Posts Tagged ‘IREC’

7 March

More on Value of Solar Talk By Karl Rabago in Boulder, Colorado

Share

Dear Friends, Visitors/Viewers/Readers,

Sun rays final Sun rays through leaves2 final

 (Please click on red links & note magenta)

This is a continuation from the previous post, by Karl Rabago, on the Value of Solar, in Boulder, Colorado. This talk explores many issues associated within solar industry and is very timely and relevant. With more than 25 years of experience in policy and regulation, energy market and energy technology development, Karl Rabago brings us in-depth insight. He now operates an energy consulting practice, Rabago Energy LLC, providing strategic policy, regulatory and market development consulting in the clean and innovative energy sectors. He is serving as the Chair of the Center for Resource Solutions, a San Francisco-based non-governmental organization that advances voluntary clean energy markets, and sits on the Board of the Interstate Renewable Energy Council (IREC). Without further ado,  Karl Rabago in Boulder, CO, talks about Value of Solar, Beyond Value of Solar (where Value of 4S’s-Storage, Smarts, Security, Savings), and Ideal Distributed Solar Tariff are also discussed, below:


Now for the Q & A session after Karl’s talk, below:

 

~have a bright and sunny day~
Any comments, suggestions, concerns regarding this post will be welcomed at sunisthefuture@gmail.com

Gathered, written, photographed, and posted by sunisthefuture-Susan Sun Nunamaker
Please also get into the habit of checking at these sites below for more on solar energy topics:

www.sunisthefuture.net

www.kiva.org/team/sunisthefuture

www.facebook.com/sunisthefuture

www.pinterest.com/sunisthefuture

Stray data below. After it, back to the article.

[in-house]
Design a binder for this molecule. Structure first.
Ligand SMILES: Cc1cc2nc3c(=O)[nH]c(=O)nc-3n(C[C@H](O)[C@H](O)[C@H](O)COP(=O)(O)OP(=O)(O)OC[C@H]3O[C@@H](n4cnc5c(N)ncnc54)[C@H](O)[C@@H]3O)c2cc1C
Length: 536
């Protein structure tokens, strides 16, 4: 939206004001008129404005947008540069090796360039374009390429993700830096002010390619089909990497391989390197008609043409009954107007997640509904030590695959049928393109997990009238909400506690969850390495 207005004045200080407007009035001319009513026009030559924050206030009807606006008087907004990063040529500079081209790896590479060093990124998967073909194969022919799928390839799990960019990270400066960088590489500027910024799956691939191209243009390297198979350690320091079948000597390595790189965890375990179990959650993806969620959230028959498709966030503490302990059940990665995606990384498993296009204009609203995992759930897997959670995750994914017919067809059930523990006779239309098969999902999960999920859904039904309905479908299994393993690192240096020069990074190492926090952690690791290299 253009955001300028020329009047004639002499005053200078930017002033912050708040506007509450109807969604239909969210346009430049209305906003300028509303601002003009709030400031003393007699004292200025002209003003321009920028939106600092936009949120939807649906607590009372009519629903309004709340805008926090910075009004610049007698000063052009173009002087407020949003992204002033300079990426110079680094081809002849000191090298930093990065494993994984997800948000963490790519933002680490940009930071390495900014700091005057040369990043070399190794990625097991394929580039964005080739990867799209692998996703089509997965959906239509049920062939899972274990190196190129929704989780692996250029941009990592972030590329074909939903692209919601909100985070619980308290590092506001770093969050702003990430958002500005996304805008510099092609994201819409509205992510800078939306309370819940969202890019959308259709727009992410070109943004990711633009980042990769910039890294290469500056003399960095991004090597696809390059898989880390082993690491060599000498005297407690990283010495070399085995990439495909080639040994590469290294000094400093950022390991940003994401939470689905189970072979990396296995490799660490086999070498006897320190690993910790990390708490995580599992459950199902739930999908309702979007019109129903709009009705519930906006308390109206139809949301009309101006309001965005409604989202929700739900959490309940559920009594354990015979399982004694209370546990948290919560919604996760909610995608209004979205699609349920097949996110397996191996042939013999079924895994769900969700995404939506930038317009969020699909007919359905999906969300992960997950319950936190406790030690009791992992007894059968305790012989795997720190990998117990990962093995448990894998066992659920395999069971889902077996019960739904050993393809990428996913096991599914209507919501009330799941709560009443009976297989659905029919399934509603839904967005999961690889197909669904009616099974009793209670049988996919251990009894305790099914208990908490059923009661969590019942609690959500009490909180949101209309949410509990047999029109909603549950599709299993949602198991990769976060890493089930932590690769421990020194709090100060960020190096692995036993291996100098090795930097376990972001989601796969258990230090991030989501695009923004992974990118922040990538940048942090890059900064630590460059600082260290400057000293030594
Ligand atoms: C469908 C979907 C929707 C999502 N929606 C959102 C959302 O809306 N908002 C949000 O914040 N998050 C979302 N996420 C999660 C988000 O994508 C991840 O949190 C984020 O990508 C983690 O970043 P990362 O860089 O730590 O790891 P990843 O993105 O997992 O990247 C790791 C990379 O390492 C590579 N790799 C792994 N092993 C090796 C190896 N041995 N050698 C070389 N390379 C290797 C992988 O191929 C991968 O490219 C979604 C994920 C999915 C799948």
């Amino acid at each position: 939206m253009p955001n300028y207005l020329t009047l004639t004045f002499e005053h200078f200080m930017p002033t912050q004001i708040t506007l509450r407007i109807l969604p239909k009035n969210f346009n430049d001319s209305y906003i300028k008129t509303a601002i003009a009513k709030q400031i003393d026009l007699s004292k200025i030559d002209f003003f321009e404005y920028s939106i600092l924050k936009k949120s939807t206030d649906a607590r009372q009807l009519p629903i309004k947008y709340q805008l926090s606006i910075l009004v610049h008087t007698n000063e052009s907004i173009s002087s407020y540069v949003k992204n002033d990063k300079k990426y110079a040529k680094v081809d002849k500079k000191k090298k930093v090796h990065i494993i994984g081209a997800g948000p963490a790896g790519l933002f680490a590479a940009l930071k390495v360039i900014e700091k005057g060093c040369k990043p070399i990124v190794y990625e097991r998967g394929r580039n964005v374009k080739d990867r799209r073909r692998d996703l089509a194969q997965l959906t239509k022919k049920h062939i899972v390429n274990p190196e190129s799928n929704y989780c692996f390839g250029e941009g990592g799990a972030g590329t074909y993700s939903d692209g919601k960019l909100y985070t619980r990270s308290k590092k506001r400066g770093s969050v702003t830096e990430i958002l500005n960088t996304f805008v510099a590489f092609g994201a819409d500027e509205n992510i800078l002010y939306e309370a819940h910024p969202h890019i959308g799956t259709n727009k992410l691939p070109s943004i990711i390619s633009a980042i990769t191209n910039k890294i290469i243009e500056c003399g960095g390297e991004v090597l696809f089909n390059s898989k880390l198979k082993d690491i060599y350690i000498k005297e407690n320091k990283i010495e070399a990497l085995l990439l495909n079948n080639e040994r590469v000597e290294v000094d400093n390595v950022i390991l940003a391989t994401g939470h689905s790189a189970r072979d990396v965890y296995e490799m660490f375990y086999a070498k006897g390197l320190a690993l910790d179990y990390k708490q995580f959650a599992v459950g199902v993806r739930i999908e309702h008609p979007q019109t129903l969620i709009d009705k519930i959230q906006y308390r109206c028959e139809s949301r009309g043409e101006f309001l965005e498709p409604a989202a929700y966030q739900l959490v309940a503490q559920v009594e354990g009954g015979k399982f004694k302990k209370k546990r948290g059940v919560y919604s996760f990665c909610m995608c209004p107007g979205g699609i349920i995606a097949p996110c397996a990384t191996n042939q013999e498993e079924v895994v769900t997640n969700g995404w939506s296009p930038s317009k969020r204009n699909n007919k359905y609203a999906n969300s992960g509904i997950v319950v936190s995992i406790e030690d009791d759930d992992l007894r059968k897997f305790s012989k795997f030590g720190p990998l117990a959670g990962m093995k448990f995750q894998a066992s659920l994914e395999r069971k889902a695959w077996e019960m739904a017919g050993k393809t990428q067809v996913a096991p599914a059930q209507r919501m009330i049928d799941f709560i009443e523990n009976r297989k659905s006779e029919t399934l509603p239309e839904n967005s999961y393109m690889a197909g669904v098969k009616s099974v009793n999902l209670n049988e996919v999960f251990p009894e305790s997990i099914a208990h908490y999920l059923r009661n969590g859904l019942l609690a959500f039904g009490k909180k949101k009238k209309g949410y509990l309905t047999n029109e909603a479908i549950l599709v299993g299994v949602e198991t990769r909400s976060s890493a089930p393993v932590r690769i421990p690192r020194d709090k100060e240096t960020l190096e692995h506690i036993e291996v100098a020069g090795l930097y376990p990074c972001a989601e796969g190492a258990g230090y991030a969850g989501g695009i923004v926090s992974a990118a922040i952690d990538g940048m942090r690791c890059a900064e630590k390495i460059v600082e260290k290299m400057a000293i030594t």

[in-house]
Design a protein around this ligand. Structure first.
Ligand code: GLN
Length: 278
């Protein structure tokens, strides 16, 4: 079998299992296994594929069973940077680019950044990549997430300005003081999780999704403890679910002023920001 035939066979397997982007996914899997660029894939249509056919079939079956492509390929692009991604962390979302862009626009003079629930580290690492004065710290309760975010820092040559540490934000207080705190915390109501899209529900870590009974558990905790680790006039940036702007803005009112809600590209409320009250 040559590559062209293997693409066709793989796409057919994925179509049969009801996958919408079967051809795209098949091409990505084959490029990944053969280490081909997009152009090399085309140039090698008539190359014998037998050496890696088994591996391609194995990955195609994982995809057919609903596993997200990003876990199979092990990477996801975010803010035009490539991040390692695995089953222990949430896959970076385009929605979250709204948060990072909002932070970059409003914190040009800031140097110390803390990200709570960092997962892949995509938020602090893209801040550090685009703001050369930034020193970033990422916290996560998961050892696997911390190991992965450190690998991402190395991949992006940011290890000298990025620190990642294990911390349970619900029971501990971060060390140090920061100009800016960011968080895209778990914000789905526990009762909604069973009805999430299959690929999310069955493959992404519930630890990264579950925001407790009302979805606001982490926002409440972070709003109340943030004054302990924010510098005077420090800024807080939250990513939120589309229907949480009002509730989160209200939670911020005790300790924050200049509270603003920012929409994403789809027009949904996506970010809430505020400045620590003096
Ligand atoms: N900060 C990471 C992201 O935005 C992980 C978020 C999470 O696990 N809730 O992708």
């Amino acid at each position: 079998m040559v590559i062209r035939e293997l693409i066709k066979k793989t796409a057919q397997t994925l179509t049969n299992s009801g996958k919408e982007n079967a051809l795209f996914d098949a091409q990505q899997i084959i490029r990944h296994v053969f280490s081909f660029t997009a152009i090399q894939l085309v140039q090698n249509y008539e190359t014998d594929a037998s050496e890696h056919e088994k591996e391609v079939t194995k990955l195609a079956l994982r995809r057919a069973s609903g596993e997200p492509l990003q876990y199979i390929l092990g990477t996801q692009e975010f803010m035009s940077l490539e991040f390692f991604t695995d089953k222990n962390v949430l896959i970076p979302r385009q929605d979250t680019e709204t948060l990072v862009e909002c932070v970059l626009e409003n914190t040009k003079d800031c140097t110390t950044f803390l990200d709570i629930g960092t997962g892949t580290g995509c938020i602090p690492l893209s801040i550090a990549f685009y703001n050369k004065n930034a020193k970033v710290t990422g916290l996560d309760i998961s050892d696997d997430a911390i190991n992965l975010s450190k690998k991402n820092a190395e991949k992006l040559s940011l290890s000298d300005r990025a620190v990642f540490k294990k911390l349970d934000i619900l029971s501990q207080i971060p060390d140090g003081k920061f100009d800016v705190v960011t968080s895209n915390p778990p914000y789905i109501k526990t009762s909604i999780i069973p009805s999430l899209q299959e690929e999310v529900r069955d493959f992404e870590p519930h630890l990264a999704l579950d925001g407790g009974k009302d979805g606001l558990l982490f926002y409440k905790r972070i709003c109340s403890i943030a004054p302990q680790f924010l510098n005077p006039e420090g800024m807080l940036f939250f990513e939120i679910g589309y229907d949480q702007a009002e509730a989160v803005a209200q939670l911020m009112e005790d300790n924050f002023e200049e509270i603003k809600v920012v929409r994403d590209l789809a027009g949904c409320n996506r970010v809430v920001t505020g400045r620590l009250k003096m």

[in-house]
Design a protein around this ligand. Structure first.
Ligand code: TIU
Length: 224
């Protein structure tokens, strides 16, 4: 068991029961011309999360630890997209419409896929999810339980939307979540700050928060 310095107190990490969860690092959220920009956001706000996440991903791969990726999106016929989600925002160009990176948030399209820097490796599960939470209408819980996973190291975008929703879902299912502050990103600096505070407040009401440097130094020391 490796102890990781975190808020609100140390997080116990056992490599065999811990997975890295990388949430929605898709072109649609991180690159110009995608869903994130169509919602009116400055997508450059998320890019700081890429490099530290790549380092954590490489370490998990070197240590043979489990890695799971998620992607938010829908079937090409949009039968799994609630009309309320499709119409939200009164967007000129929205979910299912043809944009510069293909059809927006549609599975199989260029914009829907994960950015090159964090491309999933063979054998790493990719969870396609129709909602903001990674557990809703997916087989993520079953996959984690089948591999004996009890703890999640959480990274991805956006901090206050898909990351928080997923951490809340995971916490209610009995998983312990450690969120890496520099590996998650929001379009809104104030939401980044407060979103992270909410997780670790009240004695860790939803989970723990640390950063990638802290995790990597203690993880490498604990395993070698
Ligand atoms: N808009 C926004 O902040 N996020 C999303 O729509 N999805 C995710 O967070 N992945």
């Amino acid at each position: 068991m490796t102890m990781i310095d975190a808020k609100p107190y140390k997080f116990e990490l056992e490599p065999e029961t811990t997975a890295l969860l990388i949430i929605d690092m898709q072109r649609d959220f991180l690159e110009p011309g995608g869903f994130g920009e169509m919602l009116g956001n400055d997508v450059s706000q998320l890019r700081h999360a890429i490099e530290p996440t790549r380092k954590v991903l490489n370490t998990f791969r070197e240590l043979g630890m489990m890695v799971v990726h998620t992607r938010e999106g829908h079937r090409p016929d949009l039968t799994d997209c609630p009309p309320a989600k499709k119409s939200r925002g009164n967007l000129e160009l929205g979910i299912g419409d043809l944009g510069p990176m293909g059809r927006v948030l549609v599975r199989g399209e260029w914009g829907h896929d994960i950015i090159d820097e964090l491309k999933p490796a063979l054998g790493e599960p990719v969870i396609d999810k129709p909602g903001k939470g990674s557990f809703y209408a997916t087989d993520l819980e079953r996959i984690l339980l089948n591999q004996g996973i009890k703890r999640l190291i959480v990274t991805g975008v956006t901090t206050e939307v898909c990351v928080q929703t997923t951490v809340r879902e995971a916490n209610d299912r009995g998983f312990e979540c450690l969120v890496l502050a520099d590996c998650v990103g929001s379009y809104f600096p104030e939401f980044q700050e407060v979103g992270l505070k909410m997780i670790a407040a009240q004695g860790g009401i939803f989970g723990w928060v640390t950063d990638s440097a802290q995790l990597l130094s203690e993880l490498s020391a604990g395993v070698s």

www.youtube.com/user/sunisthefuture

www.cafepress.com/sunisthefuture

HTML adl

Google+

Windermere Sun website Header small

 

Share
20 June

ANSI/IREC Standard 14732:2014 Is Here!

Share

Dear Friends, Visitors/Viewers/Readers,

ANSI/IREC Standard 14732:2014

 

(Please click on red links below)

Contact: Laure-Jeanne Davignon

email: laurejeanne@irecusa.org

 

IREC Clean Energy Certificate Standard Approved by ANSI

as an American National Standard

June 20, 2014 – A new national standard for the accreditation of clean energy education/training certificate programs, developed by the Interstate Renewable Energy Council (IREC), has received final approval from the American National Standards Institute (ANSI) as an American National Standard. IREC was accredited by ANSI in 2013 as a standards developing organization, leading the nation in clean energy education/training credentials and standards.

 

“We’re very proud to receive this recognition from ANSI,” said IREC President/CEO Jane Weissman. “It demonstrates that IREC has exemplified best practices, and truly listened to all sectors of industry in developing these requirements. A program accredited to this national, consensus-based standard distinguishes itself as meeting high-quality education and training requirements that were developed with significant industry input – so the skills of graduates match the needs of clean energy jobs.”

 

ANSI/IREC Standard 14732-2014 was developed by an independent, subject matter expert working group of the IREC Standards Committee, working closely with industry leaders so that the standard is aligned with specific job task analysis, and linked to real-world skills needed by individuals entering the clean energy workforce. Certificate programs that apply for accreditation under the standard may be hosted by a variety of institutions, including colleges, industry training groups, for-profit organizations, or unions.

“Workforce education is so crucial to the development of our industry, and we saw that folks were confused by the proliferation of ‘green’ certificates,” said Laure-Jeanne Davignon, director of the IREC Credentialing Program. “IREC wanted a means for prospective students, employers and ultimately consumers to identify high quality clean energy certificate programs that prepare graduates with market-valued skills needed by industry.”

The IREC Standards Committee and the working groups who develop and revise IREC’s standards help to ensure industry validation and acceptance.

“With IREC, the Standards Committee would like to thank all of the stakeholders who participated in the vital process of developing a consensus-based standard,” said Standards Committee Chair Sydney Roberts, of Southface Energy Institute. “With this ANSI/IREC Standard, IREC continues to show leadership in building the workforce of renewable energy and energy efficiency professionals.”

For questions about IREC’s standards development activities: credentialing@irecusa.org, or call (518) 621-7379.